Dom pulled himself out of retirement. I think he just felt like he didn’t really have a filmer that wanted to go out with him anymore, so that made it hard for him to stay on the radar. He’s back though, and he’s killing it. I’ve known Dom since he was 10, and this is the first time he’s had a part in one of my videos. Every clip I’ve ever filmed of him has gone to other videos (Boondoggle, The Familia Video, Flow Trash), so it’s nice to finally have a Dom part of my own. I’ve essentially filmed 3 other Dom parts over the years, but this is the first time I get to use the footage. I’m really proud of what he accomplished in Hiatus.

What have you learned about making skate videos since New Flavors?

I’ve learned that there are more trends in skate videos than ever. I need to keep my head down and do what I think is best and create the kind of video that I would want to watch. Instagram and YouTube have had a huge influence on the way people view and consume skateboarding media these days, but I still believe in the power of the full length video. Skateboarding doesn’t need extra frills to be cool; it already is. I made a deliberate choice to not use any slow-mo in Hiatus because I have noticed it being abused and used in bizarre trendy ways that I don’t really like. 

 

Frontside 50-50 by Max Matekis, assisted by TJ Moran and Jan Jacobson.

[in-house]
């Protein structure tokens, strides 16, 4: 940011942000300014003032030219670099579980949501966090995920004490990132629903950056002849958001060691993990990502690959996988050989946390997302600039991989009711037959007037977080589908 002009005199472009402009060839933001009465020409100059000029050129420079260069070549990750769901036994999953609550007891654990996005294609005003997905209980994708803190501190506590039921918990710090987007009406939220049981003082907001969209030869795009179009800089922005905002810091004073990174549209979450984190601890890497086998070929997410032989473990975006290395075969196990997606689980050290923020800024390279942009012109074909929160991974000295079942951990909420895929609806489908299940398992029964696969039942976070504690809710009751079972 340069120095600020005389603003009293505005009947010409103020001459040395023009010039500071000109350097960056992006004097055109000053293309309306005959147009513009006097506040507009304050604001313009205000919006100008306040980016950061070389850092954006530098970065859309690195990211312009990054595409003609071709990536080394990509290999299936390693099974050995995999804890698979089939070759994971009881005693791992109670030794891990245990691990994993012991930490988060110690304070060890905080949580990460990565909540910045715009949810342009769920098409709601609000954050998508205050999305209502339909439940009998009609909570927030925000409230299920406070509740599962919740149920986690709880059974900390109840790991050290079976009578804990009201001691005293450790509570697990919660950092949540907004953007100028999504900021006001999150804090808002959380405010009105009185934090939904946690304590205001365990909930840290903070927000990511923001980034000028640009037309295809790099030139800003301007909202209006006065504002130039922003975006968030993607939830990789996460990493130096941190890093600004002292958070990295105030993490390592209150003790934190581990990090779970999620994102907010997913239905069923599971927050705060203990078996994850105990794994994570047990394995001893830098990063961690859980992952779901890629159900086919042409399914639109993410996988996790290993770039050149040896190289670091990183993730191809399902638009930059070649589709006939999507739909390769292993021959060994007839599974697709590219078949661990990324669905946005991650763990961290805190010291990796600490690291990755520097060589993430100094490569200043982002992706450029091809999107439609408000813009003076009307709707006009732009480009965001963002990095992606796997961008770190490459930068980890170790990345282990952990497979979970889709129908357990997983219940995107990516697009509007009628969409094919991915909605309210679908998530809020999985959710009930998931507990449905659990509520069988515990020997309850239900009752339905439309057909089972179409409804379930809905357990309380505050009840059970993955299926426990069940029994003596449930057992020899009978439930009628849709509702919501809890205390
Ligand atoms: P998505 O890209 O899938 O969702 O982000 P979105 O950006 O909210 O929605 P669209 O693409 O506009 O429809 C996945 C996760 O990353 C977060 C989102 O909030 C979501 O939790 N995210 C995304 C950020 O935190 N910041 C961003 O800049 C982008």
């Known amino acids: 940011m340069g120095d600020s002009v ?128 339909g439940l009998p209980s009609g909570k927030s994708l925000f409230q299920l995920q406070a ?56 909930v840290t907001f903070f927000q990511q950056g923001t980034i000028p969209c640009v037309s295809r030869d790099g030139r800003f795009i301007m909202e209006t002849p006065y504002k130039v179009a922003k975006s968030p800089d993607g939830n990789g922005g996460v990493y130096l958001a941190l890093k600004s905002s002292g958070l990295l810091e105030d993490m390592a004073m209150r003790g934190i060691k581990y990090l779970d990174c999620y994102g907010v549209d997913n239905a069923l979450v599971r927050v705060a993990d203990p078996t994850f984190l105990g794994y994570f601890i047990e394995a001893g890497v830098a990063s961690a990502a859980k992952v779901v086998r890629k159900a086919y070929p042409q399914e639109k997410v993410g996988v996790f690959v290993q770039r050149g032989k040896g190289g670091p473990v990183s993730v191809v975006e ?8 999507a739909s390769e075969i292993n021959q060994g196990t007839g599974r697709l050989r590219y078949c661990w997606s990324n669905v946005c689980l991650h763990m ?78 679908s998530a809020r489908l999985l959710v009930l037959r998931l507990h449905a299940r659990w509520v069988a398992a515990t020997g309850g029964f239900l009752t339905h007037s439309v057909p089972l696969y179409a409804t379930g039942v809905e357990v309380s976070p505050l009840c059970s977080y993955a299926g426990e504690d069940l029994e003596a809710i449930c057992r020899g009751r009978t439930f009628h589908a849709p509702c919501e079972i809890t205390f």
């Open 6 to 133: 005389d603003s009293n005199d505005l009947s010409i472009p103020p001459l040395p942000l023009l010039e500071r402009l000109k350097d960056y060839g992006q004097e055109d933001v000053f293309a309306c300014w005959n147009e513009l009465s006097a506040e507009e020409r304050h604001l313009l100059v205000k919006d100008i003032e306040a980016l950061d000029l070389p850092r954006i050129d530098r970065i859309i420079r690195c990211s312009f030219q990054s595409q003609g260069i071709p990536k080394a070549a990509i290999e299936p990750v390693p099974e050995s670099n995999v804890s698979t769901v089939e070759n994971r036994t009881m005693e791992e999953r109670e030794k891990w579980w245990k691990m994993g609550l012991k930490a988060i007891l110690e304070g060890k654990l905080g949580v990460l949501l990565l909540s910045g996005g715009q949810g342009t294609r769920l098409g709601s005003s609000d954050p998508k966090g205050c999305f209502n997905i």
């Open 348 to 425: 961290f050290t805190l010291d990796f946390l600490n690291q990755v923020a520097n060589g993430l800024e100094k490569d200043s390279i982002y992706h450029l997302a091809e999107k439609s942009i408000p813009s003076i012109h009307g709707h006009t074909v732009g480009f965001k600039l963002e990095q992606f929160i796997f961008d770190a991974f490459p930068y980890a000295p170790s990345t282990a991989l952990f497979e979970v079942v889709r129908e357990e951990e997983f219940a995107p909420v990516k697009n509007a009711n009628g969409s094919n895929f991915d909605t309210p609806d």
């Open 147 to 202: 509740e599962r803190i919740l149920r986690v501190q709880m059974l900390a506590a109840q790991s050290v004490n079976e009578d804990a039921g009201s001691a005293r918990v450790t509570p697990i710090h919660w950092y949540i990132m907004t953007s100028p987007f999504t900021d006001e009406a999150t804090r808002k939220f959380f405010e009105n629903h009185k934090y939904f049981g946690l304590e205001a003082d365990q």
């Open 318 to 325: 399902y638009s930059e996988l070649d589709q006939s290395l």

Frontside 50-50 by Max Matekis, assisted by TJ Moran and Jan Jacobson. 

What is your fondest memory from making Hiatus?

At the beginning of filming for the video, I was one of the only dudes in the crew who was actively shooting photos, specifically on film. I process and print everything in my home darkroom. Slowly over the course of filming for the video, every single dude in the crew was shooting black and white film. Almost every Sunday, after a long week of filming and shooting photos, I’d have the crew over to process film and watch skate videos. I’d order two large pizzas from Lucé and I’d process everyone’s film while they listened to records, flipped through photo books, or watched videos. I made a limited edition DVD case that’s a 60 page, hardcover photo book comprised of photos that the crew and I shot while making the video. It’s important to me that skaters stay creative outside of skateboarding too, because most of the dudes I skate with are extremely talented when it comes to photography. It was really great that we could all bond over it and make a book together.

Should we expect your next skate video in 2023?

I doubt it, but if it happens, I want it to be shot entirely on 16mm.

 

We're very proud to sponsor Hiatus, come out this Saturday if you're in the Twin Cities area.

You can follow Kevin here, and if you don't already, follow us here.